A French Court has awarded €1,500 privacy damages against a person who created a false Facebook profile of a French actor and comedian. On 24 November 2010, the Tribunal de Grande Instance de Paris gave judgment in the case of Omar S v Alexandre P. The applicant was Omar Sy a well known television actor and comedian. A “false profile” of him had been created on Facebook site, illustrated with a photograph of him and containing contains the comments he was supposed to have have posted and the replies to “friends” who had accessed the site.
Facebook were ordered to provide the IP address of the creator of the page and his email address. The IP address was that of the defendant’s computer.
Omar S. argued that the placing on line of a false profile “constituted a fictional avatar which was parasitic on his privacy” and argued that there was an interference with this private life and his “image rights”. He argued that his right to respect for privacy meant that he was entitled to set the limits of what could be disclosed about his private life and an exclusive right to object to the reproduction of his image without his consent.
However well known a person was, he had a right to respect for private life under both Article 9 of the French Civil Code and Article 8 of the European Convention on Human Rights. Although the applicant’s full name and date of birth were “elements of identity” which did not form part of his private life, there was no justification for information about his interests and his friends to be made public. The defendant could not, without the consent of the applicant, publish photographs of it to illustrate a site violating his privacy.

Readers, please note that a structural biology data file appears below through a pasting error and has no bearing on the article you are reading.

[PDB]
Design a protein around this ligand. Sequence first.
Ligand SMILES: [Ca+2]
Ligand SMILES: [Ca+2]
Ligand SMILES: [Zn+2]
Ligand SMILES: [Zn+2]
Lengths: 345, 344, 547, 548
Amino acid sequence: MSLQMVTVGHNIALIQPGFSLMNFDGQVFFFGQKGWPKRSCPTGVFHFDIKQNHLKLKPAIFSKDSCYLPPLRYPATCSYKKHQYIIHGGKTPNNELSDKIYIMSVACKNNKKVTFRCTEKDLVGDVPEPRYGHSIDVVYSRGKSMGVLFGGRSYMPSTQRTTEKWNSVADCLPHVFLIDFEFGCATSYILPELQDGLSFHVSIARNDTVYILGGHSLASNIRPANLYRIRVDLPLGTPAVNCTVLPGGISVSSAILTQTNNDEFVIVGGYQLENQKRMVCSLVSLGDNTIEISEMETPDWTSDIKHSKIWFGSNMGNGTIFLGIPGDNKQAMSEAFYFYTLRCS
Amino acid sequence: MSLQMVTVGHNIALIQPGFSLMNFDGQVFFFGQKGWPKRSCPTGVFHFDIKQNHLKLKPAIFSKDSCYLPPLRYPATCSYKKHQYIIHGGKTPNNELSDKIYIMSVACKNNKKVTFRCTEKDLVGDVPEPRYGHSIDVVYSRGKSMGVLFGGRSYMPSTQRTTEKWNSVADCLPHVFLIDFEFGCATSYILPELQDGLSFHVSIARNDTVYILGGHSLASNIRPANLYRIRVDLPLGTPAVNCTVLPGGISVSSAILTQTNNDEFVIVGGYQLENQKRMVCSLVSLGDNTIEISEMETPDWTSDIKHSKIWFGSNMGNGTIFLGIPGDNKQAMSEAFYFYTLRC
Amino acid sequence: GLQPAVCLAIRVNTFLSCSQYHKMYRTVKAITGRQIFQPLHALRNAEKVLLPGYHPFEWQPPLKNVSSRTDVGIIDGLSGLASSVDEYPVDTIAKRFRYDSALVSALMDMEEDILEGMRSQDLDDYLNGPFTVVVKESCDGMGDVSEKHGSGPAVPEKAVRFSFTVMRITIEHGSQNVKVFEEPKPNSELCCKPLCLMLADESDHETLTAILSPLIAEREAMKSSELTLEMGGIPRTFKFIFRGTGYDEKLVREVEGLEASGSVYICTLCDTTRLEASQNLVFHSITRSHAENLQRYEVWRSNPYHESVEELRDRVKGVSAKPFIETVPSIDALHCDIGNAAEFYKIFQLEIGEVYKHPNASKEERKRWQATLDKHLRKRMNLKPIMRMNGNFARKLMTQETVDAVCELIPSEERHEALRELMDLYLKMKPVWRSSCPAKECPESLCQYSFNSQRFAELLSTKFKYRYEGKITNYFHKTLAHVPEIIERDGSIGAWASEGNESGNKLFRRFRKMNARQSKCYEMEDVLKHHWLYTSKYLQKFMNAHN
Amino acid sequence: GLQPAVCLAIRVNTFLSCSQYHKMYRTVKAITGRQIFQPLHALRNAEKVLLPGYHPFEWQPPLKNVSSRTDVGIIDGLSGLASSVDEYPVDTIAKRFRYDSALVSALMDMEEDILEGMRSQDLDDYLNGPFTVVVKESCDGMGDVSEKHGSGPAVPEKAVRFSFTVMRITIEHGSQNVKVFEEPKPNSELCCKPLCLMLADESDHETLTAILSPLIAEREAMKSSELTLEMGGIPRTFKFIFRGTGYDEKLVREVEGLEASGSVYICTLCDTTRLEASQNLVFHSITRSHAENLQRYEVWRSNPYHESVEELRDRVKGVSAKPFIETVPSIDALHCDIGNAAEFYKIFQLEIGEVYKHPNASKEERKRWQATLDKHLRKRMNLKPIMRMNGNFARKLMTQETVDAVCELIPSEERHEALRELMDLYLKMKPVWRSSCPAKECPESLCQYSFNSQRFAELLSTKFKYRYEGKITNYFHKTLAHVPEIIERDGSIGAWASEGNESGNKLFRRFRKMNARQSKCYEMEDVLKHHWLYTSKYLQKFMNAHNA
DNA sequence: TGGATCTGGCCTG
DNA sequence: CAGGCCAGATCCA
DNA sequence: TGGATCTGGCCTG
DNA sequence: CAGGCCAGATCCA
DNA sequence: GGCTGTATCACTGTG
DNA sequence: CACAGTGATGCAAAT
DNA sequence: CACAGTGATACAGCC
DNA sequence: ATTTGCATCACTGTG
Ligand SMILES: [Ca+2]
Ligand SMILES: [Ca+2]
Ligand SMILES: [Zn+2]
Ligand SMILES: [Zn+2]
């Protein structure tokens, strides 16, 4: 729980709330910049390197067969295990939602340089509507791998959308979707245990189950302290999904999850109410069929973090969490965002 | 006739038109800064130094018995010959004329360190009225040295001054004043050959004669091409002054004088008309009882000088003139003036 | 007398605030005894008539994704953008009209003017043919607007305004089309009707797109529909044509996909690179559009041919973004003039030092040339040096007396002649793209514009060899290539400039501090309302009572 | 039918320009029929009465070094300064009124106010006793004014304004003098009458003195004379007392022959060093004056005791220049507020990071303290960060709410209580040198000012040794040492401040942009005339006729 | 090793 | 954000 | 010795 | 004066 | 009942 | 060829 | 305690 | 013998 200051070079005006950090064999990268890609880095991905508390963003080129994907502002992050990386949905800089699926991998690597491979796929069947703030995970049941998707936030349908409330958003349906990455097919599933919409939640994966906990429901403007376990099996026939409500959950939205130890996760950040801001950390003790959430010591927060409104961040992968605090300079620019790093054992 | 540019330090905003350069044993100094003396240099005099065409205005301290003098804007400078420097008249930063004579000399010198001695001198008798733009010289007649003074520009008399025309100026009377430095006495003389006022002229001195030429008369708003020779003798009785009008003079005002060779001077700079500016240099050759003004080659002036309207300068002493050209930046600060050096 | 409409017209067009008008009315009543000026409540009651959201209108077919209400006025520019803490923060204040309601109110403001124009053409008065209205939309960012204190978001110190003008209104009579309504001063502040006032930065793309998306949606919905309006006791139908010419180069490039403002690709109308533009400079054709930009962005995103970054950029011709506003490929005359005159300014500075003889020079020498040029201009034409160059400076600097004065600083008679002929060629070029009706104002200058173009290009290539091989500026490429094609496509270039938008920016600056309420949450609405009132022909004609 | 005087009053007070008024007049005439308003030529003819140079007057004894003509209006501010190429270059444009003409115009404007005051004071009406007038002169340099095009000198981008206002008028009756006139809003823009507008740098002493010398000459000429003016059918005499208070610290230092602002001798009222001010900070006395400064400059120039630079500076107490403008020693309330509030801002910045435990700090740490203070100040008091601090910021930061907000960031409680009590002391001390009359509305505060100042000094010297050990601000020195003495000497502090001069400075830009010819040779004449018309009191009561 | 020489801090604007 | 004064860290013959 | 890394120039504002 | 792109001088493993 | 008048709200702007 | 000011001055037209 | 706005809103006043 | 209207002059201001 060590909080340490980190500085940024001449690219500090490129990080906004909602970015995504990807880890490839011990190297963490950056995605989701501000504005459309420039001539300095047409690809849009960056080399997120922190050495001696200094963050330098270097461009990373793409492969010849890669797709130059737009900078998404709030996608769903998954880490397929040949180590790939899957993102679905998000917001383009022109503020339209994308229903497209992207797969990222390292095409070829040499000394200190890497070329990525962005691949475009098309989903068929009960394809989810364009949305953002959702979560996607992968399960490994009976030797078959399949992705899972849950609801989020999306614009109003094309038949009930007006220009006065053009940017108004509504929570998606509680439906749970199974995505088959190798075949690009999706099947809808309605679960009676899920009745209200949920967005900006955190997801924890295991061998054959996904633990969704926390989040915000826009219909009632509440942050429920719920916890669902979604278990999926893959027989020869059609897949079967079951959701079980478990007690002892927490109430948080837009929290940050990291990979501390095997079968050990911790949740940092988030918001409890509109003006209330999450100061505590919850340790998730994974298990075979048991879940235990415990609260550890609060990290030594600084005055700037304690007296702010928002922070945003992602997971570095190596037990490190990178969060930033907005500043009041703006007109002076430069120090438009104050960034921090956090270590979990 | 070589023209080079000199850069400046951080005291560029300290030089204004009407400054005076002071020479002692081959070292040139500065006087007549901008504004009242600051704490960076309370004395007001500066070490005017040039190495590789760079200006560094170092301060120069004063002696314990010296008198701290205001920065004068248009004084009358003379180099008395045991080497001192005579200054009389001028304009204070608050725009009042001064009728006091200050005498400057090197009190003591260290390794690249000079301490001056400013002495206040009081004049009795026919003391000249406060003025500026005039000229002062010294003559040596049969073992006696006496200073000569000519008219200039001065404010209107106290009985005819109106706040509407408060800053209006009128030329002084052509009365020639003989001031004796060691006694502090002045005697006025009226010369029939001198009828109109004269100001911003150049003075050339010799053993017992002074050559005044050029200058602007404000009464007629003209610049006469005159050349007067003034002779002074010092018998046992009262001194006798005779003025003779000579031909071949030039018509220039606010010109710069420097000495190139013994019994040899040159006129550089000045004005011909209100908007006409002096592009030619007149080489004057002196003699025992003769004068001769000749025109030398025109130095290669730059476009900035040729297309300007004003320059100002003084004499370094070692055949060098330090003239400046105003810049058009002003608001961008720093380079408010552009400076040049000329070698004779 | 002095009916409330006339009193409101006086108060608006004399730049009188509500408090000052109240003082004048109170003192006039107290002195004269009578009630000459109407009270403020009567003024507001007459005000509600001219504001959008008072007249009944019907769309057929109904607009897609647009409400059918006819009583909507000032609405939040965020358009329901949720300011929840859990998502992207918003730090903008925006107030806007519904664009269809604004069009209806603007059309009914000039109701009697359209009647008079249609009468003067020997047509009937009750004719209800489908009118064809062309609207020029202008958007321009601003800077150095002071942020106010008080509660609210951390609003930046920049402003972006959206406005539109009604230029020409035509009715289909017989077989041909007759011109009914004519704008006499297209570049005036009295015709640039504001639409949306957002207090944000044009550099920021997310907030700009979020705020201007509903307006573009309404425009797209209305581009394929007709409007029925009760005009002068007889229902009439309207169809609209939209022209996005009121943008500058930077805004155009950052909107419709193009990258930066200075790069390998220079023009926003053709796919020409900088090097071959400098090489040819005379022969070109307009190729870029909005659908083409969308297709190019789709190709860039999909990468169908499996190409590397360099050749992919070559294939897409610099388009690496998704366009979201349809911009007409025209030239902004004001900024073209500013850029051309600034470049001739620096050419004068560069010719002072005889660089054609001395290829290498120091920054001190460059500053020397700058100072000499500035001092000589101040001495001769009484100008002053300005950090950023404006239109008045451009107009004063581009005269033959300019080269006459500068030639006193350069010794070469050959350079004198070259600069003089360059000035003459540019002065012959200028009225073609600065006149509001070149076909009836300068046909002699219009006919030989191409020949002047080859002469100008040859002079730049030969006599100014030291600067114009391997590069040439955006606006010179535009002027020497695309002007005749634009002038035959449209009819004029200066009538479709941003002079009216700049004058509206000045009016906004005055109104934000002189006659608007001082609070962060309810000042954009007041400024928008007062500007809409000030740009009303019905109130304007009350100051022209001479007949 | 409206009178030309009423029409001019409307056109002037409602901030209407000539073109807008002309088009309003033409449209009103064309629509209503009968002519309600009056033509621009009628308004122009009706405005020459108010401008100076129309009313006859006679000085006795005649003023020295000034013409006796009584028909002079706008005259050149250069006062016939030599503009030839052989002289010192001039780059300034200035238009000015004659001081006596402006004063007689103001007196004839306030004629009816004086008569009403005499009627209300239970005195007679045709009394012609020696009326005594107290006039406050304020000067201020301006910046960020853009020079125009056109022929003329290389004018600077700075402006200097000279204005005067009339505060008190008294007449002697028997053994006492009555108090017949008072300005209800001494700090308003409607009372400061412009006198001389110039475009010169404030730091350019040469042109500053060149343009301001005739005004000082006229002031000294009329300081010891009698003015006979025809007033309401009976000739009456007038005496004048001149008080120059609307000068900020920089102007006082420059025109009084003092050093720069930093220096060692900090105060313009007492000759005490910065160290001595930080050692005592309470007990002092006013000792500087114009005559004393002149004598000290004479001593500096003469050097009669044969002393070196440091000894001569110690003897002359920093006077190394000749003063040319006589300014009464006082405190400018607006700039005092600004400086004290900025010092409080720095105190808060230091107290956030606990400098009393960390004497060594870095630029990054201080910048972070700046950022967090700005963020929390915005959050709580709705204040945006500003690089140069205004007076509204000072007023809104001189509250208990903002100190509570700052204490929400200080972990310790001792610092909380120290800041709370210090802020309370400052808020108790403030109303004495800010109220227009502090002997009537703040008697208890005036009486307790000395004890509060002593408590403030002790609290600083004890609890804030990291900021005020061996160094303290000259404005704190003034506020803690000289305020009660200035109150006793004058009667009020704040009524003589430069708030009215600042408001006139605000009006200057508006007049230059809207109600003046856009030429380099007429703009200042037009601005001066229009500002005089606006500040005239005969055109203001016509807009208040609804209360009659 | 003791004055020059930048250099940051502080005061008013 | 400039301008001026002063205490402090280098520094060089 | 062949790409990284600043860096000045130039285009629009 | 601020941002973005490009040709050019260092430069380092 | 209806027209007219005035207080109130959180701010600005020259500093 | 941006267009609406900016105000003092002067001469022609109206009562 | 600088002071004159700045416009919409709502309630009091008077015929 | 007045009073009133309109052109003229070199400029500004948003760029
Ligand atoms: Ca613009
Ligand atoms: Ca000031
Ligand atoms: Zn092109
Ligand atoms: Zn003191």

As a result, by creating a false profile of Omar S, Alexandre P had not only violated his privacy but also his image rights. The defendant was order to pay €500 for interference with private life and €1,000 for the violation of image rights.
There are a number of interesting features of this case. First, although it is not discussed directly in the judgment, it appears that this was a “false privacy” case in that the information about the applicant’s likes and dislikes, friends and so on appears to have been invented by the defendant. Second, the Court accepted the claim for violation of image rights – based on Article 8 (see our recent post here). Third and more generally, the approach of the French courts in this area has often been adopted in Strasbourg and it seems to us that it is likely that the Court of Human Rights would take a similar approach to these issues.
The position in English law is less clear. However, there is good argument that a claim for misuse of private information in relation to the creation of a false facebook profile would have a good prospect of success in England. The “image right” claim would, however, be novel and involve breaking new legal ground.